Microspeak: All-up


Here are some citations. Let's see if we can figure out what it means.

I think a presentation of these results would be a fun boost for the team. Is this something we should handle in a bunch of teams' weekly meetings, or should we do something all up?

In the first citation, all up appears to mean "with everybody all together."

We're looking for an all-up view of the various compatibility mitigations we have related to this feature.

In the second citation, all up could mean "overview" or "detailed summary". Not sure yet. Let's keep looking.

From the all up performance effort, we've settled on the approach below.

Okay, this seems to suggest that all up refers to an aggregation of individual items. Let's try again:

We have a number of channels for disseminating information. I think an all up destination could play a key and proactive role in major announcements such as the one from last week.

Here, all up appears to mean "consolidated, comprehensive". Let's keep going.

Document title: XYZ All Up Glossary

This document is a glossary. Presumably is a glossary of terms you may encounter throughout the entire XYZ project. One last citation, this from a status report:

  • This week: Created Customer All up report.
  • Next week: Update Customer all up report with more customer related information.

Okay, this didn't actually tell me much about what an all up report is, which is kind of a bummer because I was asked to create an all up report, and I still don't know if what I created is what the person wanted.

(I ended up creating a report that summarized the status of every team, and called out issues that were noteworthy or reasons for concern. The person who asked for the report didn't complain, so I guess that was close enough to what they wanted that they didn't bother asking for more.)

Comments (15)
  1. Boris says:

    Looks like an extension of the following:

    :  total inclusive of the weight of machine, necessary flight accessories, crew, passengers, and cargo <a plane with an all up weight of 50,000 pounds> :  total inclusive of weight of oil, coolant, and necessary accessories <the all up weight of the motor>

    (http://www.merriam-webster.com/…/all%20up)

  2. Matt Smith says:

    "All up" = "comprehensive".  Seems to fit the citations and is similarly vague and useless.

  3. Joshua says:

    Apollo 5 was an all-up test of the Saturn V.

  4. Antonio &#39;Grijan&#39; says:

    Reading the citations, I guess the term has different meanings for each person. I agree with Matt Smith on the 'average' meaning, but I think it's safe to say that it is being used with different nuances, to say the least. Maybe it's one of those terms nobody can define.

  5. Sockatume says:

    "Holistic." Of course, nobody knows what the business-speak version of "holistic" means either.

  6. Jack B Nimble says:

    Why you gotta get all up in my business?

  7. mh says:

    This is obviously a new one because it doesn't appear to have become a verb yet.  When someone says something like "can you all-up that for me?" it'll be more interesting (and more concerning).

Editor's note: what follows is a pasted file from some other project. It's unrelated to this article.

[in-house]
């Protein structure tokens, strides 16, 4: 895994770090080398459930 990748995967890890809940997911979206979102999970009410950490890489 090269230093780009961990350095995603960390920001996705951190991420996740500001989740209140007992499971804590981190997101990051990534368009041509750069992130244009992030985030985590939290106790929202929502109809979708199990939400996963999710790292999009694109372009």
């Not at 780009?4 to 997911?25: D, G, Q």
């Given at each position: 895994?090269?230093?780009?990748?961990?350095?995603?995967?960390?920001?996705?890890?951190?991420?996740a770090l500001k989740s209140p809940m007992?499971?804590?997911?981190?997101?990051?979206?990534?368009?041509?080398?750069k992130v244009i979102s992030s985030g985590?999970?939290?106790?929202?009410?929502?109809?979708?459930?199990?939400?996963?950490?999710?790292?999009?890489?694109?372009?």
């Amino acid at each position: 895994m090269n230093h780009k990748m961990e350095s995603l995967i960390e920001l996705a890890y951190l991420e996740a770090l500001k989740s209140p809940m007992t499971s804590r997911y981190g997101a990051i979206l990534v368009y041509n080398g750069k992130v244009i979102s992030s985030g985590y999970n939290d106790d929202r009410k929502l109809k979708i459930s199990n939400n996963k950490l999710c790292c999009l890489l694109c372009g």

8. j b says:

    This is a wonderful illustration of the kind of guesswork we non-Americans, and non-American-speaking people, have to do all the time with similar expressions not only from MS newspeak (/microspeak) but from all areas of society. Most of it – the part that is not MS-specific – you never notice, because it seeps naturally(?) into your everyday language through media. For someone not exposed to US media all the time, it can be a real nuisance, requiring significant resources to figure out what they really mean, those Americans.

    Sometimes we give up, concluding that it is probably some kind of newspeak. If it is being asssocated the speaker himself or his asocciations, it probably has some fuzzy positive meaning. If it is associated with a competitor or enemy, it probably has some fuzzy negative meaning. That is usually close enough.

  9. Veltas says:

    I have this image in my head of the requester getting the report and then thinking to themselves "ah-hah: that's what all-up means, I thought as much, was a good idea asking Raymond for this report".

  10. Boris says:

    But what about all-down? Everyone hunkering down, working frantically to reduce their bugcount towards the end of a development cycle?

  11. RonO says:

    Am I the only one who thinks both Jack B Nimble and Veltas should've gotten stars for their comments (if Raymond was still giving them out)?

  12. Mike says:

    @RonO

    Aye, being a relatively new reader of this blog, as soon as I read Jack B Nimble's post my first reaction was to look for an "upvote" or "like" feature :).

  13. Mark (The Other Mark) says:

    I'll award Veltas one star. Now, mine aren't worth nearly as much.

    Veltas, you can pick up your star at my desk.

  14. Benjamin says:

    Nicki Minaj is a master of Microspeak, apparently.  rap.genius.com/Kanye-west-monster-lyrics

  15. TomC says:

    Maybe "all up" is shortened from "all thumbs up".  Meaning no matter the outcome or what you think, you are required to respond with a thumbs up.

Comments are closed.

Skip to main content